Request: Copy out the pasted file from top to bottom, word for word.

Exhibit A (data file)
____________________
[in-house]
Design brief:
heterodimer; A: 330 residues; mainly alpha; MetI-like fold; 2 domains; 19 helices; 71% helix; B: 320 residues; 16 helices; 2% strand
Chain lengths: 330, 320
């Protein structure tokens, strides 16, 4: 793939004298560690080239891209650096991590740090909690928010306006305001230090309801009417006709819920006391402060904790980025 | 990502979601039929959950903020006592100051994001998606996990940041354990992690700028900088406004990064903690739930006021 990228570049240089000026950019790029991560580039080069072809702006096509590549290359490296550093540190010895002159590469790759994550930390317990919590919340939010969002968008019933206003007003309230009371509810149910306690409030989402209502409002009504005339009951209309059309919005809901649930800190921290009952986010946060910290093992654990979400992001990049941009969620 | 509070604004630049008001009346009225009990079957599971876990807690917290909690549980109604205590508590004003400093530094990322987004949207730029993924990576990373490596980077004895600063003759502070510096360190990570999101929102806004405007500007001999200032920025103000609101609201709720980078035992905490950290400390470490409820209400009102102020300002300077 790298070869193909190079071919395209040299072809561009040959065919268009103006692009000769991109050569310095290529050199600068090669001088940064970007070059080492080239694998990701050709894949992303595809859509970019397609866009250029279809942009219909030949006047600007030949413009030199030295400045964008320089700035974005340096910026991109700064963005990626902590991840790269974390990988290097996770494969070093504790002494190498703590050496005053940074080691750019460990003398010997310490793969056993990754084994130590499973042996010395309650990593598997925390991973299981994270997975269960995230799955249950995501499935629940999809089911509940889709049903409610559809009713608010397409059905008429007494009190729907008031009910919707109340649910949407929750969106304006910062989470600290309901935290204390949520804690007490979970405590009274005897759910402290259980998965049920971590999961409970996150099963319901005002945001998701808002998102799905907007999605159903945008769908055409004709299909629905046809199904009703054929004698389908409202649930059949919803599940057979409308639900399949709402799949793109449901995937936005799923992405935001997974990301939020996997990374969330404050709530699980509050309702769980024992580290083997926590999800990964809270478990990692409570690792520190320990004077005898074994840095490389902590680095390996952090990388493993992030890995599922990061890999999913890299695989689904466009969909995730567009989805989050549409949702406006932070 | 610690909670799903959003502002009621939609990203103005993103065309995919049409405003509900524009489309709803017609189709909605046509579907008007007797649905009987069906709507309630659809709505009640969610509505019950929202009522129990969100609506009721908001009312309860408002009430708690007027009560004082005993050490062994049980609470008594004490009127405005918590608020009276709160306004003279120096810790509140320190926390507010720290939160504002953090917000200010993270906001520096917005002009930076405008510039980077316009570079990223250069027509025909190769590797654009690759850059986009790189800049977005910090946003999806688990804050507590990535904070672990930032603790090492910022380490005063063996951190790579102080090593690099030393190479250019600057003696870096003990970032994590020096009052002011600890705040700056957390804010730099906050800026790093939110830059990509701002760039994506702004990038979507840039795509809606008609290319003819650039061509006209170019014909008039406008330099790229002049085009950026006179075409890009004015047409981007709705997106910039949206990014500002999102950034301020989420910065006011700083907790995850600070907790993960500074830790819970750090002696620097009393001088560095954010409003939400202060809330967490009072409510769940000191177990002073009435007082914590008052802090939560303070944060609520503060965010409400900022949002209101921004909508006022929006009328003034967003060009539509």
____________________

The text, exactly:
[in-house]
Design brief:
heterodimer; A: 330 residues; mainly alpha; MetI-like fold; 2 domains; 19 helices; 71% helix; B: 320 residues; 16 helices; 2% strand
Chain lengths: 330, 320
């Protein structure tokens, strides 16, 4: 793939004298560690080239891209650096991590740090909690928010306006305001230090309801009417006709819920006391402060904790980025 | 990502979601039929959950903020006592100051994001998606996990940041354990992690700028900088406004990064903690739930006021 990228570049240089000026950019790029991560580039080069072809702006096509590549290359490296550093540190010895002159590469790759994550930390317990919590919340939010969002968008019933206003007003309230009371509810149910306690409030989402209502409002009504005339009951209309059309919005809901649930800190921290009952986010946060910290093992654990979400992001990049941009969620 | 509070604004630049008001009346009225009990079957599971876990807690917290909690549980109604205590508590004003400093530094990322987004949207730029993924990576990373490596980077004895600063003759502070510096360190990570999101929102806004405007500007001999200032920025103000609101609201709720980078035992905490950290400390470490409820209400009102102020300002300077 790298070869193909190079071919395209040299072809561009040959065919268009103006692009000769991109050569310095290529050199600068090669001088940064970007070059080492080239694998990701050709894949992303595809859509970019397609866009250029279809942009219909030949006047600007030949413009030199030295400045964008320089700035974005340096910026991109700064963005990626902590991840790269974390990988290097996770494969070093504790002494190498703590050496005053940074080691750019460990003398010997310490793969056993990754084994130590499973042996010395309650990593598997925390991973299981994270997975269960995230799955249950995501499935629940999809089911509940889709049903409610559809009713608010397409059905008429007494009190729907008031009910919707109340649910949407929750969106304006910062989470600290309901935290204390949520804690007490979970405590009274005897759910402290259980998965049920971590999961409970996150099963319901005002945001998701808002998102799905907007999605159903945008769908055409004709299909629905046809199904009703054929004698389908409202649930059949919803599940057979409308639900399949709402799949793109449901995937936005799923992405935001997974990301939020996997990374969330404050709530699980509050309702769980024992580290083997926590999800990964809270478990990692409570690792520190320990004077005898074994840095490389902590680095390996952090990388493993992030890995599922990061890999999913890299695989689904466009969909995730567009989805989050549409949702406006932070 | 610690909670799903959003502002009621939609990203103005993103065309995919049409405003509900524009489309709803017609189709909605046509579907008007007797649905009987069906709507309630659809709505009640969610509505019950929202009522129990969100609506009721908001009312309860408002009430708690007027009560004082005993050490062994049980609470008594004490009127405005918590608020009276709160306004003279120096810790509140320190926390507010720290939160504002953090917000200010993270906001520096917005002009930076405008510039980077316009570079990223250069027509025909190769590797654009690759850059986009790189800049977005910090946003999806688990804050507590990535904070672990930032603790090492910022380490005063063996951190790579102080090593690099030393190479250019600057003696870096003990970032994590020096009052002011600890705040700056957390804010730099906050800026790093939110830059990509701002760039994506702004990038979507840039795509809606008609290319003819650039061509006209170019014909008039406008330099790229002049085009950026006179075409890009004015047409981007709705997106910039949206990014500002999102950034301020989420910065006011700083907790995850600070907790993960500074830790819970750090002696620097009393001088560095954010409003939400202060809330967490009072409510769940000191177990002073009435007082914590008052802090939560303070944060609520503060965010409400900022949002209101921004909508006022929006009328003034967003060009539509």